Implied Promises

A product description very succinctly defines the Implied Promises inherent in your products and services. Implied promises are assurances already inherent in your products and services

For example, customers who patronize a fast food restaurant want fast food. They want their fast food to be hot and fresh. They also expect their order to be filled accurately. Fast food restaurants who deliver a quality food product fast, hot, fresh and accurately will have a significant competitive advantage over restaurants who don't meet these customer requirements.

Similarly, a person who buys a power tool wants it to work -- they want it to be reliable. They also expect it to work for a long time – they want the tool to be durable. They want the tool to be easy to use and to perform the functions it is designed to perform at the level promised. Finally, since it is a power tool, they expect the tool to be safe.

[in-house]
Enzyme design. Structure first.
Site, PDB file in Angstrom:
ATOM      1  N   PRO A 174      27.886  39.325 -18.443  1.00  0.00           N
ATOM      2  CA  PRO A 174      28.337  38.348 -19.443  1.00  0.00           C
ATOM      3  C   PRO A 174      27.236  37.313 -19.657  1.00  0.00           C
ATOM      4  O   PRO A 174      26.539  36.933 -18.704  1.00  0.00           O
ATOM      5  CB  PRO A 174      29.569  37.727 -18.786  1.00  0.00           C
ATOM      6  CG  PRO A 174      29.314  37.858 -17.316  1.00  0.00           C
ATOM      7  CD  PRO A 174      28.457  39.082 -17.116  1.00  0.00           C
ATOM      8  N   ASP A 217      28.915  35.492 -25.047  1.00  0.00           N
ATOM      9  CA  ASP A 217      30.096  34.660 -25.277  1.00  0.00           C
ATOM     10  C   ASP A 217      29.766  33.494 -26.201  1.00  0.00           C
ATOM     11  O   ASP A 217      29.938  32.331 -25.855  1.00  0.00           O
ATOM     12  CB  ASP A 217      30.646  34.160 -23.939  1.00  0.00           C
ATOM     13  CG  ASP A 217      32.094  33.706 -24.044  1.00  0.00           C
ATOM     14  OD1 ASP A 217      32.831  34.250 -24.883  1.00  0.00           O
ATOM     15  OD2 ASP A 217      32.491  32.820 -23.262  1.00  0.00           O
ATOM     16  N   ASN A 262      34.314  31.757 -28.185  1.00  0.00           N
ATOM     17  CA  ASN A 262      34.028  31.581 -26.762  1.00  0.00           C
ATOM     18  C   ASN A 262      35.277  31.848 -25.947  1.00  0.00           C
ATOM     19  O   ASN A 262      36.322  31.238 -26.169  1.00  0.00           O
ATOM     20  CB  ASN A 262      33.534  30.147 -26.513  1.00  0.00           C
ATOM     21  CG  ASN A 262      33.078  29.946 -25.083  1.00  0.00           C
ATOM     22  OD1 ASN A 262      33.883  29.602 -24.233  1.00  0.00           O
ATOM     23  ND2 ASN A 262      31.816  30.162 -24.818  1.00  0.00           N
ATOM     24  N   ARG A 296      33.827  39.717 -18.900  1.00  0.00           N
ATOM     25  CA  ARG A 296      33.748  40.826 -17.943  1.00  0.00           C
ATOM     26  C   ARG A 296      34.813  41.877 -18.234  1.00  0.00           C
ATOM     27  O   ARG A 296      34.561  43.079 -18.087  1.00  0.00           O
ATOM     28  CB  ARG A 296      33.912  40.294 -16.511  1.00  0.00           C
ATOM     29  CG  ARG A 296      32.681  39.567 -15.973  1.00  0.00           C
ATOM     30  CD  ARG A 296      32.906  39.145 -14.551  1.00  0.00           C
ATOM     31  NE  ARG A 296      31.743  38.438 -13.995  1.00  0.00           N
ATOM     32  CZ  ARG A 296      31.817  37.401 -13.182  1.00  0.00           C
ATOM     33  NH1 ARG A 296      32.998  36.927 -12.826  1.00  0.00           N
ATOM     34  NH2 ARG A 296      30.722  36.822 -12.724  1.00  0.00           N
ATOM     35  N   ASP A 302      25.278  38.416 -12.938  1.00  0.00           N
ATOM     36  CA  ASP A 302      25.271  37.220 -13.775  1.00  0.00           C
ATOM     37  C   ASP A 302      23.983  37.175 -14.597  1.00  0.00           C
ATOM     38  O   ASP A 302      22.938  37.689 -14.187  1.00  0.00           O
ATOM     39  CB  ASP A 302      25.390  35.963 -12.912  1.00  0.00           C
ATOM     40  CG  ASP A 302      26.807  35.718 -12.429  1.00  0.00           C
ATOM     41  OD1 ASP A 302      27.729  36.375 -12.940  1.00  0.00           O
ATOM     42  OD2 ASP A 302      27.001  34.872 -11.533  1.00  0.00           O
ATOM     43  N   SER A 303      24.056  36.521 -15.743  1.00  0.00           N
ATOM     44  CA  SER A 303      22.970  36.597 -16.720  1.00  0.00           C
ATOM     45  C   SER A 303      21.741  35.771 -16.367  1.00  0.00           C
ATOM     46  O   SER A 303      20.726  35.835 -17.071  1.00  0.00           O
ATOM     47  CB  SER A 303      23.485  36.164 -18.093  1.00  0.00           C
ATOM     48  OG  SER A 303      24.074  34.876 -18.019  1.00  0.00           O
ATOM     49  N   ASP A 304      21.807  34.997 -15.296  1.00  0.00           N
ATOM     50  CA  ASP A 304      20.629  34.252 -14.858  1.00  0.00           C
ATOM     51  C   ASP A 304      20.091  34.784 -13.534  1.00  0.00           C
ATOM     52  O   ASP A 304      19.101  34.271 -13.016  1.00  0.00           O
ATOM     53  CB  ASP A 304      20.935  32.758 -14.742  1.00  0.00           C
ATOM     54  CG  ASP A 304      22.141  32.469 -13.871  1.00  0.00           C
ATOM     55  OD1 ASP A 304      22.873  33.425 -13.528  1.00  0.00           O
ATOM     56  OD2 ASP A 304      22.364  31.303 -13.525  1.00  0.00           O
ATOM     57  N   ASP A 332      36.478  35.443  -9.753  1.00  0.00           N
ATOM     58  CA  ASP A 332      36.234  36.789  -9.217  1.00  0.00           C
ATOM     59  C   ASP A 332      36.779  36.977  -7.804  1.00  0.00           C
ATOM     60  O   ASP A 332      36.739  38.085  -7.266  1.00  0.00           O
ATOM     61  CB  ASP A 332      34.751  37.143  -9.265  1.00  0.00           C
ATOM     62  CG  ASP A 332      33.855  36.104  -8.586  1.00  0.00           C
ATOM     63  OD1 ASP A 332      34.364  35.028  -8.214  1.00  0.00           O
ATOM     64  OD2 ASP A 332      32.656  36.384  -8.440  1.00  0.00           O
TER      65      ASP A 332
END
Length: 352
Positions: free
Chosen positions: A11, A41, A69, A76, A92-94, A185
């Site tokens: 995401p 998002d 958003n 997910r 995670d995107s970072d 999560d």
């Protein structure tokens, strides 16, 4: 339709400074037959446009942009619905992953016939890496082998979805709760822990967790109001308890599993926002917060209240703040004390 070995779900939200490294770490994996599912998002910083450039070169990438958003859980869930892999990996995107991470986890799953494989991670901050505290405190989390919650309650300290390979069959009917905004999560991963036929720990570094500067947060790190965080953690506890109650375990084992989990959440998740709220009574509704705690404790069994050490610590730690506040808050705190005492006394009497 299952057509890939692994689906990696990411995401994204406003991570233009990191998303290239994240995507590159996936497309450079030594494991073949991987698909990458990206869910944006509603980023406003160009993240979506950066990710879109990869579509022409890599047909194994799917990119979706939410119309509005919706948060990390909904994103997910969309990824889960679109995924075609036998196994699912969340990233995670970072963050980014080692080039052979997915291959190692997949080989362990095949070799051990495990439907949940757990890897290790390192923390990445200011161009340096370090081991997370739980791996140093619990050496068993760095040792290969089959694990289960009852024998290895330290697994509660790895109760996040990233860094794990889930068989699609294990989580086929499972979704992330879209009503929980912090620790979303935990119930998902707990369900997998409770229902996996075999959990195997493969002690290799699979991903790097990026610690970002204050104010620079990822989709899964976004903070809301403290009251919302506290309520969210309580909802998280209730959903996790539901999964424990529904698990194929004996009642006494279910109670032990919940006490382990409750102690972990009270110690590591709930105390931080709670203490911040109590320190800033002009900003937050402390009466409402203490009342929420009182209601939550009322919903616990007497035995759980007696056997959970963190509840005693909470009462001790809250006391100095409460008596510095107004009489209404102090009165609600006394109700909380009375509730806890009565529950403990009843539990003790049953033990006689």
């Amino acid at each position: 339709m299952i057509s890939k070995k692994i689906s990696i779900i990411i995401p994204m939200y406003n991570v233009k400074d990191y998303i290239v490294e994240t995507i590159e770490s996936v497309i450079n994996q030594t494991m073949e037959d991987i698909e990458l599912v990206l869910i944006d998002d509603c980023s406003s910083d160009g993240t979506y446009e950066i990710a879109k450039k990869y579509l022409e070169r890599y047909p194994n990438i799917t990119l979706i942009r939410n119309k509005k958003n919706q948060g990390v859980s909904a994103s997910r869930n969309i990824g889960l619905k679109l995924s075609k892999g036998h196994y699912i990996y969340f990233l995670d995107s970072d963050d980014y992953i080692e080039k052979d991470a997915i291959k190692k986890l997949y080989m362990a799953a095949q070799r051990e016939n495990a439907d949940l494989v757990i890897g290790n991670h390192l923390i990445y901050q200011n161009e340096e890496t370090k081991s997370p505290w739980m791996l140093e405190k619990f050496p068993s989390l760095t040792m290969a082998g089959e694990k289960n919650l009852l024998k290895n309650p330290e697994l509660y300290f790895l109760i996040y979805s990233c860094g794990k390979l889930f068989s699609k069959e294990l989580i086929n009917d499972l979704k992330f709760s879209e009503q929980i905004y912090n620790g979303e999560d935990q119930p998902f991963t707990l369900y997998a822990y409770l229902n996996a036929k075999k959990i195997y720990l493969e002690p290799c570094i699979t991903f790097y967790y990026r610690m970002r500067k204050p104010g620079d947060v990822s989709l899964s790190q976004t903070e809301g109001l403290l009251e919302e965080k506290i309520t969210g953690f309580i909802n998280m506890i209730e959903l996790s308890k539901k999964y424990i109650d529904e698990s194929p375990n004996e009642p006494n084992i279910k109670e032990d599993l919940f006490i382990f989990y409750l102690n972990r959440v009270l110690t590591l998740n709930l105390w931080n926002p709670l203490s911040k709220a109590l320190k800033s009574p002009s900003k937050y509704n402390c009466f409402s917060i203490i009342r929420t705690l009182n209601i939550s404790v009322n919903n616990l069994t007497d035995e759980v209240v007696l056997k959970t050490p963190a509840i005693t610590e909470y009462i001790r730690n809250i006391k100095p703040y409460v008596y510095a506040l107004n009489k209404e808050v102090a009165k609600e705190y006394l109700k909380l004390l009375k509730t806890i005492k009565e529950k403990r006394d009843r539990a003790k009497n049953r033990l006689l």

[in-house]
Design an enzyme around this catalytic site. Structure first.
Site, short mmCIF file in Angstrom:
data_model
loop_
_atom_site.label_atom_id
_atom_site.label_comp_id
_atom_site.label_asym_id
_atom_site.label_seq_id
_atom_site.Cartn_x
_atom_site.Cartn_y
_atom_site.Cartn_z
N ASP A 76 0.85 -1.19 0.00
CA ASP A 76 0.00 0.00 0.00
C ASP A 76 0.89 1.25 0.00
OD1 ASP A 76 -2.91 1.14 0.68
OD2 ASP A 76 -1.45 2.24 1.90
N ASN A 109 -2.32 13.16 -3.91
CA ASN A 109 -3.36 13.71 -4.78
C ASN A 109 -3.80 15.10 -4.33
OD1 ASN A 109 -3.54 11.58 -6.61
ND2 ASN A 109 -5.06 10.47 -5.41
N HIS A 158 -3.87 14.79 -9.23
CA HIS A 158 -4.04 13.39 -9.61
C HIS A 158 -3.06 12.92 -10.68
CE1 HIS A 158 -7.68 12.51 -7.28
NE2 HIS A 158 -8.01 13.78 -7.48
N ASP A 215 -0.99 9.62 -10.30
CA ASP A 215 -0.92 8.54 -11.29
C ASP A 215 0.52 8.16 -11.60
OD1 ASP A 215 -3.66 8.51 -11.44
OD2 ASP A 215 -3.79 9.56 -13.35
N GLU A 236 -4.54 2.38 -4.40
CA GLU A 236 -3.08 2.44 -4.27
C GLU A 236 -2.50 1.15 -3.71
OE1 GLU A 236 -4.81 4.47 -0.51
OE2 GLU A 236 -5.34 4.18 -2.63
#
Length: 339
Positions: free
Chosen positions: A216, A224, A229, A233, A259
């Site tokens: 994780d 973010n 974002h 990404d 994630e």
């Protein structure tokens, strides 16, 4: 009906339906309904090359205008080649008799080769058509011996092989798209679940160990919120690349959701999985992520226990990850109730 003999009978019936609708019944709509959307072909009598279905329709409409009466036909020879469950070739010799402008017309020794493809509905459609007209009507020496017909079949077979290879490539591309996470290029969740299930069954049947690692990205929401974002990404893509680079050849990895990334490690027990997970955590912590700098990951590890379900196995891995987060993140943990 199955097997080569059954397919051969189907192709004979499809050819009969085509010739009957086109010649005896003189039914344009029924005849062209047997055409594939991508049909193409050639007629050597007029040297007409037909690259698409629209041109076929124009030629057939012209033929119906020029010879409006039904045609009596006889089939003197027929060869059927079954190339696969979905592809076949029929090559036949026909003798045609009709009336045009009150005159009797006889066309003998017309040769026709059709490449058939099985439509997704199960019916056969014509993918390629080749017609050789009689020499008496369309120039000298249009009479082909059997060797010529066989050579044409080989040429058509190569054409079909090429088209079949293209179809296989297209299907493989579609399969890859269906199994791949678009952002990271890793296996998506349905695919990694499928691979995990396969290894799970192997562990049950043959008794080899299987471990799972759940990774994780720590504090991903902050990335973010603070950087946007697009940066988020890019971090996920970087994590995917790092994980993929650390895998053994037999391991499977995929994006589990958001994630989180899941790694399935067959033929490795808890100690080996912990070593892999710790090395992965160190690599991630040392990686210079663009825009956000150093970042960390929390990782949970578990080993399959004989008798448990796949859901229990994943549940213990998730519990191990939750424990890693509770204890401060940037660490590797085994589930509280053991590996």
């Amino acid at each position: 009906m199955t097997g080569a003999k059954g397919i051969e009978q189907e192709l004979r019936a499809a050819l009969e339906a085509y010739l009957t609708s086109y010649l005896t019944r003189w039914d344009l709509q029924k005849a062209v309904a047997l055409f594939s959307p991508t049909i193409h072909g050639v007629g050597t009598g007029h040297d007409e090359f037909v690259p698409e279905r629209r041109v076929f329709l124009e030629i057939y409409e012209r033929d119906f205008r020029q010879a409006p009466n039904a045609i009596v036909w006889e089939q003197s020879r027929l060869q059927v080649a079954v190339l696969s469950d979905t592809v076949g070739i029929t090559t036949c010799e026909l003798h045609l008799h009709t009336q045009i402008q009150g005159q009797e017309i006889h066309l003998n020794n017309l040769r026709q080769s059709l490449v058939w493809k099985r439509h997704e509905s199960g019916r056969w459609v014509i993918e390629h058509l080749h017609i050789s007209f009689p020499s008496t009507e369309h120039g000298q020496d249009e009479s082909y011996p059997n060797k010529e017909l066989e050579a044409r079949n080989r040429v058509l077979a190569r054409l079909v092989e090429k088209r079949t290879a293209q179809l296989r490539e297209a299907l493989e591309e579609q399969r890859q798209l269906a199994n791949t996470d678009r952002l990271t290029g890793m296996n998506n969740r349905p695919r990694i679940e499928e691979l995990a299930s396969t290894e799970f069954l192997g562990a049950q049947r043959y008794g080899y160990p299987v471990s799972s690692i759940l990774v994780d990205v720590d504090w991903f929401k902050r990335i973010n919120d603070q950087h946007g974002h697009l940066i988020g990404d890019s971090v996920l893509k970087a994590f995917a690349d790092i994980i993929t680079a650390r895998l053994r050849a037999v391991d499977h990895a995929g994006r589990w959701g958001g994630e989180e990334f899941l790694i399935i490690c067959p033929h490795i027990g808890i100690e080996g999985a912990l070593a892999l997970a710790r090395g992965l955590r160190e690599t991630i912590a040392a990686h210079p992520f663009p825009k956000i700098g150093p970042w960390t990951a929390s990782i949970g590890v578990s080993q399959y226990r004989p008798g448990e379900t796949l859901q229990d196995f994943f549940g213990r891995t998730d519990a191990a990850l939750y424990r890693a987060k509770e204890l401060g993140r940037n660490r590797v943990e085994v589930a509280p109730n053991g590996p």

Tool manufacturers who produce reliable, durable, safe and easy to use power tools that perform the function they are designed to perform at the level promised will win in the market over competing manufacturers who fail to deliver on these implied promises.

As can be seen by these examples, consistent delivery on the implied promises is the real "product" customers want to buy. Nothing infuriates customers more than to think they are buying one thing – fast food – only to discover too late they are getting something else.

Know What You're Selling

The best product descriptions are those that clearly identify what a company is selling. This is not as obvious as it may seem. Many hotel owners, for example, think they are selling rooms. Consequently, they build as many rooms as they can as cheaply as they can by having thinner walls between the rooms. They then try to create a high profit margin by filling their thin-walled rooms with a high volume of guests.